Wednesday, March 24, 2010

Retracing Steps

Its been a few days since I posted, so once again it is time to play catch up.

I have been, as Sven would say, zooming northward. Because I have not been stopping for days at a time in each port, I have made in 3 days as much progress north as it took me two weeks to do on the south bound leg. I am following the same route I took headed south, so I am most certainly retracing my steps, and the track on the GPS is like my trail of bread crumbs. It is definitely time for me to get back up to where I call home, and I have been pouring on the throttle to do so. However, that all came to a screeching halt yesterday when I got to St Augustine, the Bridge of Lions is now finished, and they are dismantling the temporary bridge, so the channel is closed to boat traffic until Saturday, at the earliest. I suppose there could be worse places to be stuck than St Augustine, but, here I am, itching to get home, and I am sitting still. In 3 days I will be stir crazy, and I sure hope the progress on the bridge goes as announced.

I left Cocoa on Monday morning around 8, I was up with the sun, but I let Spook run around the park there and dumped my trash, taking it kind of slow that morning. I was tied up at the public dock, and didnt have to use the dinghy, so I was taking advantage of it. There is a publication called Skipper Bob's that gives tips and pointers for the ICW, and when I had been looking at it with Larry and Roberta on Saturday, I was amazed to see that the public dock at Cocoa was in 5 feet of water. When I got there I crept in, not wanting to run aground, but all was good, I was able to tie up and secure the boat no problem. The docks there all have signs that say you are not allowed to tie up for more than 3 hours with your dinghy or your boat, but last time I was there I spoke to a few of the boat residents, and they said no pone ever checks the docks, and in the foul weather we had Sunday night, no one did.

Monday I motorsailed, I was holding a good average of over 6 knots as I went past Cape Canaveral and the Kennedy Space Center, and then once I got to Mosquito Lagoon the wind picked up and I was fairly racing up to New Smyrna Beach. The plan was to hold up in New Smyrna, but, the ocean was still raging, seas of 4-5 feet and winds 25 knots plus, so I decided to keep going. I was under sail as I approached the Coronado Beach Bridge, and I was 7 minutes early for the opening. Most bridges on the ICW open on request, this bridge opens every 20 minutes if there is boat traffic. So I swung up into the wind, made a few PB&J sandwiches, and just did loops in the channel waiting for the opening. When the bridge sounded its horn and started to open I swung Arden around and began to head for the bridge, and wouldn't you know it, we got a huge gust of wind and I was going way too fast for the bridge. I let the jib and main sheets fly, but I was still holding too much speed, with no room to turn and bleed it off. So I threw her into reverse and held on as the propeller dug in to slow me down, and I don't think I breathed until I cleared the bridge and was through to the other side, it was close, really close, and for a moment I was sure I was going to hit the span with the mast.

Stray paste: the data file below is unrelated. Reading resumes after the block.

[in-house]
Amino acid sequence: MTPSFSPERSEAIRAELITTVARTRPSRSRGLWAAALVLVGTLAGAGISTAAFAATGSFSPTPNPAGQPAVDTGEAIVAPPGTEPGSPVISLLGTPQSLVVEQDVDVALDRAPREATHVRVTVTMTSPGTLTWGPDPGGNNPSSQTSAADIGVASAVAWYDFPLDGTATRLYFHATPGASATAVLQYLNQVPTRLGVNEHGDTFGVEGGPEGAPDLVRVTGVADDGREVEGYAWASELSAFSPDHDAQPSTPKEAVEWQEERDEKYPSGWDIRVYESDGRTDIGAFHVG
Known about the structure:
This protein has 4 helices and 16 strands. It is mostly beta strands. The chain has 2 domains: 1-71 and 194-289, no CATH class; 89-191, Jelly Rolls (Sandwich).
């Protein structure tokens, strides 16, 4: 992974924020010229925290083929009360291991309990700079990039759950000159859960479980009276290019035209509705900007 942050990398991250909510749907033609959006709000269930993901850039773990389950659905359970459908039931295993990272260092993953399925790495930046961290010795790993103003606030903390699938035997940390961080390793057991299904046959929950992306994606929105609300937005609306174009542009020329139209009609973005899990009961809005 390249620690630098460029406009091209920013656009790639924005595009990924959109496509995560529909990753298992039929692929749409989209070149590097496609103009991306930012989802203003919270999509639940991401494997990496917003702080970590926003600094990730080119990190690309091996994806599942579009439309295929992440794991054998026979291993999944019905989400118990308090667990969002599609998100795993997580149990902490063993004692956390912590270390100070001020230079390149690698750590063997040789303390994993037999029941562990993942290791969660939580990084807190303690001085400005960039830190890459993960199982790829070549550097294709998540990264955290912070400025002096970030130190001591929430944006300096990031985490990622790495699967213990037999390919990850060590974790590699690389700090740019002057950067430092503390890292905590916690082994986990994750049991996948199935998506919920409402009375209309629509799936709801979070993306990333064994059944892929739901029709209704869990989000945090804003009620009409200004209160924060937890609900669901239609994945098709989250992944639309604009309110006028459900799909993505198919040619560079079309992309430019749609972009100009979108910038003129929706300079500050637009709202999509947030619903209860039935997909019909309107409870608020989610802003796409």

When my heart began to beat again, after it dropped out of my throat, I got all the sails under control and headed for Daytona. I was only about 15 miles south of there and I figured I’d be there by 6pm or so. I made good time, and was back at Loggerhead Marina by 5:45, and I hailed them on the radio and got no answer. There was a stiff wind and a current running when I pulled in, and docking by myself was tough, but I managed to get Arden to the dock and tied off. I called the number on the marina sign, and got an answering machine, so I gave up on trying to get permission to dock, there was no one there to give it or deny it, so I just figured on staying. I called a few friends of mine I had met when I was in Daytona before, and we made plans to meet at the bar for a few drinks and catch up on things. I grabbed a shower, got cleaned up and headed for the bar. It was good to see friends I had made along the way, and we had a good evening, and before long the bar was closing (they close at 10 when business is slow) and I was headed back down to Arden. As no one was really there in charge of the marina, I stayed tied up and went to bed. The original plan was to meet my friends and then go anchor out, but heck, if they weren’t going to have anyone there from 5pm to 7am, I figured I’d stay and then cast off before daylight. So I stayed tied up to a dock for the 2nd night in a row, not something I have been able to do much on this trip, and got in a good nights sleep.